This may be a children’s playground taunt, most commonly associated with accusations of dishonesty (it is actually paraphrased from William Blake’s poem, “The Liar”) but, in recent months, the courts have dealt with a number of cases where one party has alleged the other is guilty of fraud (or something akin to fraud). (See SG South Ltd v King’s Head Cirencester LLP & Anor, GPS Marine Contractors Ltd v Ringway Infrastructure Services Ltd and Speymill Contracts Ltd v Baskind).
Alleging that all is not what it seems, as set out in a party’s submissions, is becoming increasingly common in adjudication. These cases testify to that.
While the courts have confirmed that an adjudicator may deal with fraud allegations, often it is difficult for the adjudicator to know which version of the facts before him is the correct one. Sometimes it may appear obvious that someone is stretching the truth, like when Mr Baskind alleged that all the relevant documents had been lost when a computer was stolen. But it isn’t always the case. For example, if the parties disagree over what was agreed (or not agreed) at a settlement meeting (like in GPS v Ringway), without hearing witness evidence, how can an adjudicator make a decision about the scope of the dispute?
In my experience, these sorts of arguments are often a distraction from the substance of the dispute. This is particularly so when the truth of what has been said does not go to an issue which falls to be decided. In such instances, and when faced with the “did” versus the “didn’t” type of exchange across the table in a meeting, I will ask the parties to explain the relevance of the outcome of their disagreement to the matters that I have to decide. I find that this often puts an end to what is really just a sideshow.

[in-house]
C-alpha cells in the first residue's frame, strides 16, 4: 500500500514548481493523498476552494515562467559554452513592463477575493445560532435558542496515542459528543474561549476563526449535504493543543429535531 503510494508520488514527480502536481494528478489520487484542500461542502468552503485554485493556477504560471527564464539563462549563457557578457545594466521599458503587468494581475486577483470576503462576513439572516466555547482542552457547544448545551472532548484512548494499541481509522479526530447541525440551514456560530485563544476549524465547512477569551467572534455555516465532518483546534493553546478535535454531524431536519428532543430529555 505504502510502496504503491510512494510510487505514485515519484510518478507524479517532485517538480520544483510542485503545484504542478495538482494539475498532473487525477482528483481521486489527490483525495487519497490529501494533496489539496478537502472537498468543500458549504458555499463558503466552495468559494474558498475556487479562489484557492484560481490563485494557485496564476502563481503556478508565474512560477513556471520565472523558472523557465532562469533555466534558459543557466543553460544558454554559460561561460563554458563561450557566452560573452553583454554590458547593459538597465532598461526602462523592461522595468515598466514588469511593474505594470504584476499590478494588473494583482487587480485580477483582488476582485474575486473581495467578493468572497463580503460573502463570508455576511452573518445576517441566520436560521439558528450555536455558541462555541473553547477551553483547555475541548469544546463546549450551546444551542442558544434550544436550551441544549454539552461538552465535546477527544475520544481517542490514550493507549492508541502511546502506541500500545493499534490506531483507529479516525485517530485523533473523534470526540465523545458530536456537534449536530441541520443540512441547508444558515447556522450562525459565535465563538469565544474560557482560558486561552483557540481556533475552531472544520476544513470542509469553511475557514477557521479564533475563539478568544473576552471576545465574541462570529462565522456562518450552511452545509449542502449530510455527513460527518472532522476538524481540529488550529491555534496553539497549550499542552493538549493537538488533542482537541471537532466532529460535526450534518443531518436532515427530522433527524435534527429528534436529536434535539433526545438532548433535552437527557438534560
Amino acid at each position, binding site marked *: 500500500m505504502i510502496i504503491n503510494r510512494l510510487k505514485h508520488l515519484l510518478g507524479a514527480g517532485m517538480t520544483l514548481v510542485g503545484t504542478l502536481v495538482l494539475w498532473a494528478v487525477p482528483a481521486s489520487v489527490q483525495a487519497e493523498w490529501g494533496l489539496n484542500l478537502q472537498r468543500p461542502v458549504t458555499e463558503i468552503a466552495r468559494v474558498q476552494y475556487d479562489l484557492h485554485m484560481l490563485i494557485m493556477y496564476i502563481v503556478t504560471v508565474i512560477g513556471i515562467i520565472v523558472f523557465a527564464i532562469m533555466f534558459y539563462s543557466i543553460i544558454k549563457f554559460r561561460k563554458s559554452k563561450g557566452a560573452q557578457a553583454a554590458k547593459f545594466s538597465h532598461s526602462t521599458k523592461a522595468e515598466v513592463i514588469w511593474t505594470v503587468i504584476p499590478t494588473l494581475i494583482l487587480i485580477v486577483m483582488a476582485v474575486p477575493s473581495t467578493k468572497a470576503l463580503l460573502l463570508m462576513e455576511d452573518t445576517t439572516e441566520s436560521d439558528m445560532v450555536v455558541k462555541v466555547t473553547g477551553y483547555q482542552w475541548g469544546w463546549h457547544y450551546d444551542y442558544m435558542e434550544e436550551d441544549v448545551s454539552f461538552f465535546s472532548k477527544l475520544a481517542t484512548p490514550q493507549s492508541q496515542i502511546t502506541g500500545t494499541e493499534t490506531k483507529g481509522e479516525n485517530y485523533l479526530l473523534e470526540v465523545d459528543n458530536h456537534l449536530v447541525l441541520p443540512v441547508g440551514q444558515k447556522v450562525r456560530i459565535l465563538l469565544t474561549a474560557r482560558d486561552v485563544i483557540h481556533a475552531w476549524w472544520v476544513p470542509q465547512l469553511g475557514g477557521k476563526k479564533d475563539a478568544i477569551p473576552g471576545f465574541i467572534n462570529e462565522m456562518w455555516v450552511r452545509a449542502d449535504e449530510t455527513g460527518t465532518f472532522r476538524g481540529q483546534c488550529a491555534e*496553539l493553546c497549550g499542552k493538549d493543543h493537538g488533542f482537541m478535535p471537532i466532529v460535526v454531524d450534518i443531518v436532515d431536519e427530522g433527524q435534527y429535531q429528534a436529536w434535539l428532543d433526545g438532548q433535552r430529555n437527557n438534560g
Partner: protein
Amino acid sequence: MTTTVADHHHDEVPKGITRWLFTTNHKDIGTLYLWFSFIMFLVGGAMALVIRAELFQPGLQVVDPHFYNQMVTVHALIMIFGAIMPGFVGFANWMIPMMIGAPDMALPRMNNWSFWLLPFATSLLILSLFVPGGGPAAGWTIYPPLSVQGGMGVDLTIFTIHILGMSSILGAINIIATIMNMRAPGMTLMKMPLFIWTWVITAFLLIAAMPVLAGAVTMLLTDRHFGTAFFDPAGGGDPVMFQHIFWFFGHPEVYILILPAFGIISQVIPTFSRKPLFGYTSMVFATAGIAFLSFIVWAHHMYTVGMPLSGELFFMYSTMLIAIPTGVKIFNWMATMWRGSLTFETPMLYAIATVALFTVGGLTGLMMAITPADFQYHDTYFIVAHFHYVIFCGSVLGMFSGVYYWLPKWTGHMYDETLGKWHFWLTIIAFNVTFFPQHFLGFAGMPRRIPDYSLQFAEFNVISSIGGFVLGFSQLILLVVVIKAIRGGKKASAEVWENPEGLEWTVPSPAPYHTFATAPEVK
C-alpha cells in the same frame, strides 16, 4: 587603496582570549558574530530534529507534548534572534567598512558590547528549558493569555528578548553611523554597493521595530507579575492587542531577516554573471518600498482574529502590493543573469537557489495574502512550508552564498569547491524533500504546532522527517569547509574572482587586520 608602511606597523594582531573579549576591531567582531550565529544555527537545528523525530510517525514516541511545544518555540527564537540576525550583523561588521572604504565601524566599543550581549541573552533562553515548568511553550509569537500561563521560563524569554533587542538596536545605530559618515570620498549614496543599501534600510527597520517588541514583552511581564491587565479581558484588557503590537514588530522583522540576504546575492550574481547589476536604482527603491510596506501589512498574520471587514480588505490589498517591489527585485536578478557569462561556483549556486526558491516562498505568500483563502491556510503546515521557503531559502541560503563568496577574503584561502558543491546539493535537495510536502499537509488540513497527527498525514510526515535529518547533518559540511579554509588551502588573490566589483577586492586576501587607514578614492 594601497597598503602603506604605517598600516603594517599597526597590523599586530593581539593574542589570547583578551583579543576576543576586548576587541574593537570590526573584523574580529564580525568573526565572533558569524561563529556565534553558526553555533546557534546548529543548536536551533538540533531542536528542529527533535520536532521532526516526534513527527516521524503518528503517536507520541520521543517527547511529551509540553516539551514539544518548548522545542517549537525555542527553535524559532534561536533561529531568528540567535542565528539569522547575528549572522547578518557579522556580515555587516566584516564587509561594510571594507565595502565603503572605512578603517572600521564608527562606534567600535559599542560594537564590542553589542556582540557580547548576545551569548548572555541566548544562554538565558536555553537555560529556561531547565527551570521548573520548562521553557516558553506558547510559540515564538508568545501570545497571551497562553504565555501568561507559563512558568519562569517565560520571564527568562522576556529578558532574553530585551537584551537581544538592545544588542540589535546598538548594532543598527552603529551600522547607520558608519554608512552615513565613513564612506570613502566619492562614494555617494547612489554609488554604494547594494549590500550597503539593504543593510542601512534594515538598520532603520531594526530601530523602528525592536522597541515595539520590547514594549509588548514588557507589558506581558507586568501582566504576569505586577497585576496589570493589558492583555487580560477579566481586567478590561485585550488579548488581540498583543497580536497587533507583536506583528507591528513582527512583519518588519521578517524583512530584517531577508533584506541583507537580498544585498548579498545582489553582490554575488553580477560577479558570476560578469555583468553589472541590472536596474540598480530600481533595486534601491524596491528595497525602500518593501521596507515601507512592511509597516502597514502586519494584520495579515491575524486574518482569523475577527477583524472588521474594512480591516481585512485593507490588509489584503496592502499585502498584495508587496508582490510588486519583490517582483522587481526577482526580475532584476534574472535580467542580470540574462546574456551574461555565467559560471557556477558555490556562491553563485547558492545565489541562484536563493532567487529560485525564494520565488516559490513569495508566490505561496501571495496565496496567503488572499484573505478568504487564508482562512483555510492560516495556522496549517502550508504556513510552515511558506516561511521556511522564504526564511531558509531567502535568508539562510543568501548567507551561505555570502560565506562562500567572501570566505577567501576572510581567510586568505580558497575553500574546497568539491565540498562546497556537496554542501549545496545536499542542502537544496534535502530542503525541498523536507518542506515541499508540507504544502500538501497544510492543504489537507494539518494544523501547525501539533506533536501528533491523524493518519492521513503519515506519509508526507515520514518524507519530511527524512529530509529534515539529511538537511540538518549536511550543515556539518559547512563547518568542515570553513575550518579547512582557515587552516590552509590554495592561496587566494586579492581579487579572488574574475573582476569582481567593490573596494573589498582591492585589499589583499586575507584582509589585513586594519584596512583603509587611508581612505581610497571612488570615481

However, if the truth of a matter is relevant, then I sometimes find it useful to let the exchanges progress. That said, the question of whether I am persuaded by a version of events is usually determined by whether the contemporaneous documents and the parties’ actions are consistent with what the witnesses are saying.
It may seem obvious to say it, but whenever parties find themselves in this type of situation, they should explain and support their version of events by reference to what was said and done at the relevant time.